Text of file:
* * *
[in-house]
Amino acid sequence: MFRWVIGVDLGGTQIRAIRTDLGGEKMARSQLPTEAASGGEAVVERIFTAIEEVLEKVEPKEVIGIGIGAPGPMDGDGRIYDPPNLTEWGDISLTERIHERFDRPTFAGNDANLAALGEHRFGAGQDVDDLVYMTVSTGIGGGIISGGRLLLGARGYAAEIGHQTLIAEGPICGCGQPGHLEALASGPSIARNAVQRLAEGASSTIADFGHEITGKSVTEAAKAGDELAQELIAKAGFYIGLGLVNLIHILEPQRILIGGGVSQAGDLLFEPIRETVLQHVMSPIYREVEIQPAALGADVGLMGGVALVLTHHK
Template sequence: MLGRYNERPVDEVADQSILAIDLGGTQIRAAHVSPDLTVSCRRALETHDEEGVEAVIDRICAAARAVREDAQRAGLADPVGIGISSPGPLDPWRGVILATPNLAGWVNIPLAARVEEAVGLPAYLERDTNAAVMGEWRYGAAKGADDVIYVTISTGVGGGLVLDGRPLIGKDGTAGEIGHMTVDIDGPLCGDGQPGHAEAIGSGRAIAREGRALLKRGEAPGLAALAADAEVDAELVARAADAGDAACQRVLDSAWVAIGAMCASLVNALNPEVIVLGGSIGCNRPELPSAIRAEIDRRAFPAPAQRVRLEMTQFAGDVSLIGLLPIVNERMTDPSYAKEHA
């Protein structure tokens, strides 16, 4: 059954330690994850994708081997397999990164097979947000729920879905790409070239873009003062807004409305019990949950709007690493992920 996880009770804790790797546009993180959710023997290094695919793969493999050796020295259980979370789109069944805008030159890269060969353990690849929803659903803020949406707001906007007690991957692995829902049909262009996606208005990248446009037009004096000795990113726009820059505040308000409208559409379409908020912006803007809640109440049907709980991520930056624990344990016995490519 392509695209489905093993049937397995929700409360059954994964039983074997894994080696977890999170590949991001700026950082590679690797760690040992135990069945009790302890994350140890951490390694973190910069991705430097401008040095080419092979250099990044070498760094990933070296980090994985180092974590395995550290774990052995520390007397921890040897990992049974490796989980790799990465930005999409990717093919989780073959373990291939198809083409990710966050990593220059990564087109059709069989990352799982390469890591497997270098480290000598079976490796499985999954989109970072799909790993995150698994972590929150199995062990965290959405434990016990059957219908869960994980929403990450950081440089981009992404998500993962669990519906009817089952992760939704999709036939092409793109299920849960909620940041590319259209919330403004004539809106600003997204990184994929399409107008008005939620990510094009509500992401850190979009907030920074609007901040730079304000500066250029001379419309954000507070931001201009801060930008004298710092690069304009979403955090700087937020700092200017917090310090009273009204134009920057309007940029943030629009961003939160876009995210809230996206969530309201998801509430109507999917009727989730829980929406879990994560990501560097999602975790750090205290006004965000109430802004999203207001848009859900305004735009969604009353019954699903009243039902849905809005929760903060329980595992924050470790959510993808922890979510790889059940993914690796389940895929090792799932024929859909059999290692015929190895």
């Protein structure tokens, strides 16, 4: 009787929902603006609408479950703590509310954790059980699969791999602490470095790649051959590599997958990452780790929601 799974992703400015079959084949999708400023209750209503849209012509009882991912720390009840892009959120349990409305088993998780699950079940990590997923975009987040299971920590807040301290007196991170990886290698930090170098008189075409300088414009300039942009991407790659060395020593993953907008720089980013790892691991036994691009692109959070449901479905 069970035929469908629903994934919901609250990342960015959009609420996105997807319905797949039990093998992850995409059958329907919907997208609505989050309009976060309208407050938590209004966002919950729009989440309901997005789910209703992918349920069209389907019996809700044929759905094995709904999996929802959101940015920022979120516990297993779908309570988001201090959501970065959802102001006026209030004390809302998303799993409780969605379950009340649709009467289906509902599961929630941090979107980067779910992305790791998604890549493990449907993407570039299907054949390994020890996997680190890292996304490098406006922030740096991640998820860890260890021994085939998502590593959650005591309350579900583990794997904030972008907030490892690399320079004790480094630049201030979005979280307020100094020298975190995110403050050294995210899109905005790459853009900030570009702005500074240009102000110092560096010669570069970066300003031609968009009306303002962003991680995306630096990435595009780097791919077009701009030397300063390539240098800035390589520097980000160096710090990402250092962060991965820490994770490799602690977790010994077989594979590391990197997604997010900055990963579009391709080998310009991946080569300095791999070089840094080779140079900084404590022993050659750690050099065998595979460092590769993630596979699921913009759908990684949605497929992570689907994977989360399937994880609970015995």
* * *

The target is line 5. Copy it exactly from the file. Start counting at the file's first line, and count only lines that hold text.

């Protein structure tokens, strides 16, 4: 009787929902603006609408479950703590509310954790059980699969791999602490470095790649051959590599997958990452780790929601 799974992703400015079959084949999708400023209750209503849209012509009882991912720390009840892009959120349990409305088993998780699950079940990590997923975009987040299971920590807040301290007196991170990886290698930090170098008189075409300088414009300039942009991407790659060395020593993953907008720089980013790892691991036994691009692109959070449901479905 069970035929469908629903994934919901609250990342960015959009609420996105997807319905797949039990093998992850995409059958329907919907997208609505989050309009976060309208407050938590209004966002919950729009989440309901997005789910209703992918349920069209389907019996809700044929759905094995709904999996929802959101940015920022979120516990297993779908309570988001201090959501970065959802102001006026209030004390809302998303799993409780969605379950009340649709009467289906509902599961929630941090979107980067779910992305790791998604890549493990449907993407570039299907054949390994020890996997680190890292996304490098406006922030740096991640998820860890260890021994085939998502590593959650005591309350579900583990794997904030972008907030490892690399320079004790480094630049201030979005979280307020100094020298975190995110403050050294995210899109905005790459853009900030570009702005500074240009102000110092560096010669570069970066300003031609968009009306303002962003991680995306630096990435595009780097791919077009701009030397300063390539240098800035390589520097980000160096710090990402250092962060991965820490994770490799602690977790010994077989594979590391990197997604997010900055990963579009391709080998310009991946080569300095791999070089840094080779140079900084404590022993050659750690050099065998595979460092590769993630596979699921913009759908990684949605497929992570689907994977989360399937994880609970015995």